A chat with George Potter
In high school, I used to go to the Ohio River to watch the sunset, and I wanted to share what I saw with everybody else in the world. I didn’t have my own camera yet, so I grabbed my parents’ 1-megapixel camera and took it out. The pictures were pretty awful—they were just a smear, but I kind of understood what I was trying to get out of it when I used it.
When my parents started to see that I was interested in photography, they went out and bought me my first SLR camera. I started taking pictures all over the place where I was living—some still lifes, some portrait stuff for a while, some landscape for a while. As I started taking more and more camping trips, I saw the need to focus on landscape photography.
I’m drawn to strangely isolated places that once had a history. It’s not necessarily just landscapes of nature—sometimes it’s landscapes of older factories or trails or memories of trips. I grew up in Madison, Indiana, which is a very historic town with a lot of 1800s-style buildings, and I think my interest grew from there. When I moved to this area, I found a lot of old abandoned furniture factories, and I felt that same creative itch I had in my old hometown—to take pictures of buildings with a sense of history to them.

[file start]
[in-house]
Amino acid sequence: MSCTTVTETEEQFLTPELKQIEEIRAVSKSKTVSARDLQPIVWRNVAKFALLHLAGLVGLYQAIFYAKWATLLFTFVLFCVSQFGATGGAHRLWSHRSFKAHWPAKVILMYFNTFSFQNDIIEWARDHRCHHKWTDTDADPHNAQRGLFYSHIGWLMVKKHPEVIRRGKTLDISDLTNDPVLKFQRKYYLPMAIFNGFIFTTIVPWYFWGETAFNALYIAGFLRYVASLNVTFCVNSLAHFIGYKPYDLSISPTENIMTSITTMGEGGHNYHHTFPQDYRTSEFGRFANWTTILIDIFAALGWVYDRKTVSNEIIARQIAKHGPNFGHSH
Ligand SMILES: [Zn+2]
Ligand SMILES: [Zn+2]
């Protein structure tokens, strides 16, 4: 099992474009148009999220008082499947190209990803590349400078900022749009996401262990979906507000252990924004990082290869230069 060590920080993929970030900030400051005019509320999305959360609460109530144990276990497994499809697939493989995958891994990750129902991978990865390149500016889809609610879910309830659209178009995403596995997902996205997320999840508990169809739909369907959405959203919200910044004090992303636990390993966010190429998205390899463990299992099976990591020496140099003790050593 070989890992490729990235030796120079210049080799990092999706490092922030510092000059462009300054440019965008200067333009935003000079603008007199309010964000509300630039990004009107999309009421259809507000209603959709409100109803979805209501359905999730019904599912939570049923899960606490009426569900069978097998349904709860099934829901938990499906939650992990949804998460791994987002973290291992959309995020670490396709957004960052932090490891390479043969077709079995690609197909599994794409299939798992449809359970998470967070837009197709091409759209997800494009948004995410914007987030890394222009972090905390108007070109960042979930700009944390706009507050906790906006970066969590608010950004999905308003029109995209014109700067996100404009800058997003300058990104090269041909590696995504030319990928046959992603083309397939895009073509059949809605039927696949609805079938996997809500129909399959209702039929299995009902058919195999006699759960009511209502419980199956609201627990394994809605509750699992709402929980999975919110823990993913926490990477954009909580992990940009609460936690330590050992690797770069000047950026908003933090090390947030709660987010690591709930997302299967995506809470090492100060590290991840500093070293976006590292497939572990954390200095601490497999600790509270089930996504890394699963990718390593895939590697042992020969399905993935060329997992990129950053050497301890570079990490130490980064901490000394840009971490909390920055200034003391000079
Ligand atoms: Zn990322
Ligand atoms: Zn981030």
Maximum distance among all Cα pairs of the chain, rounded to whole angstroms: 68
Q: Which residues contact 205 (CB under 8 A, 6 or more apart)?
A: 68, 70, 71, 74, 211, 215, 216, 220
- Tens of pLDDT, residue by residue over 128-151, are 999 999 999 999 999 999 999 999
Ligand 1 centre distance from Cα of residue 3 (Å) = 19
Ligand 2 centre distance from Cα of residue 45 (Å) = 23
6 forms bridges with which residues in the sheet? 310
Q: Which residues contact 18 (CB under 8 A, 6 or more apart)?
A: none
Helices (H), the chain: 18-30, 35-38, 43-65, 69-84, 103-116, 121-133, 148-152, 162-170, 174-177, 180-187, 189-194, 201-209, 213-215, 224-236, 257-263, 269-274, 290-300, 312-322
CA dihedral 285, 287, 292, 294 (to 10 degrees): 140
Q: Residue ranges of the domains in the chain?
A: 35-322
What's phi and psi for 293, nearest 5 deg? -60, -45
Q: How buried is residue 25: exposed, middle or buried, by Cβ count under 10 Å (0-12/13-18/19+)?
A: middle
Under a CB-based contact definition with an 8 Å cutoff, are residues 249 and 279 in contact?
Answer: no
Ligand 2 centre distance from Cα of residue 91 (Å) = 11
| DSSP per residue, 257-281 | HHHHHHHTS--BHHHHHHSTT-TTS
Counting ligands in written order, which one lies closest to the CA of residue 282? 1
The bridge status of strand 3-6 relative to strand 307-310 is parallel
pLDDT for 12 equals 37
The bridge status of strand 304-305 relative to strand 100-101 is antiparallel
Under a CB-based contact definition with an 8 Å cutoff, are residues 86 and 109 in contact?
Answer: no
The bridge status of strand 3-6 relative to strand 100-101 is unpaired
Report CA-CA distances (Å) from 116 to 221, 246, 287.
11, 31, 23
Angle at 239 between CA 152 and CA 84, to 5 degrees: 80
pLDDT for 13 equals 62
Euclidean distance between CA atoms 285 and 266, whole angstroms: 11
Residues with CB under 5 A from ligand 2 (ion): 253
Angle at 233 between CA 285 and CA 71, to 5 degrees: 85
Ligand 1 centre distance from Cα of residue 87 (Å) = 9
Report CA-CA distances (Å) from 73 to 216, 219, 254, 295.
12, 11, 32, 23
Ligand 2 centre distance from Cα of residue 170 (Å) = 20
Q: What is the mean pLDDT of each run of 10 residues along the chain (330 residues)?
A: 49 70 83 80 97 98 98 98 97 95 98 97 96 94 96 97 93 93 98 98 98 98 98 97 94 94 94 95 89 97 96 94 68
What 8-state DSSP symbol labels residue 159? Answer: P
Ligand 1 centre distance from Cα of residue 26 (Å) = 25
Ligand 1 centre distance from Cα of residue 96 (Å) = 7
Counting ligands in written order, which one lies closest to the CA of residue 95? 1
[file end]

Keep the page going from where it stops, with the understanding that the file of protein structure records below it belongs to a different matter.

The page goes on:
I took a class in college where I learned to develop film, and it was a really interesting process to me.
For me, the agricultural aspect of life around southern Indiana feels really authentic because what farmers are doing is essential to all human life and has been one of the longest professions. To be in that environment feels really authentic.
I think programming and photography are so disconnected that one inspires the other. One day, I’ll have an itch to do something technical, and on others, I’ll have an itch to do something creative. The reason I turned to film photography is because my job is so technical and rule-based. With film photography, you can throw out all the rules: you get the best shots when you destroy the film, use bad cameras, use chemical processes that shift colors, and just add in that authenticity. Film feels like home, like a memory.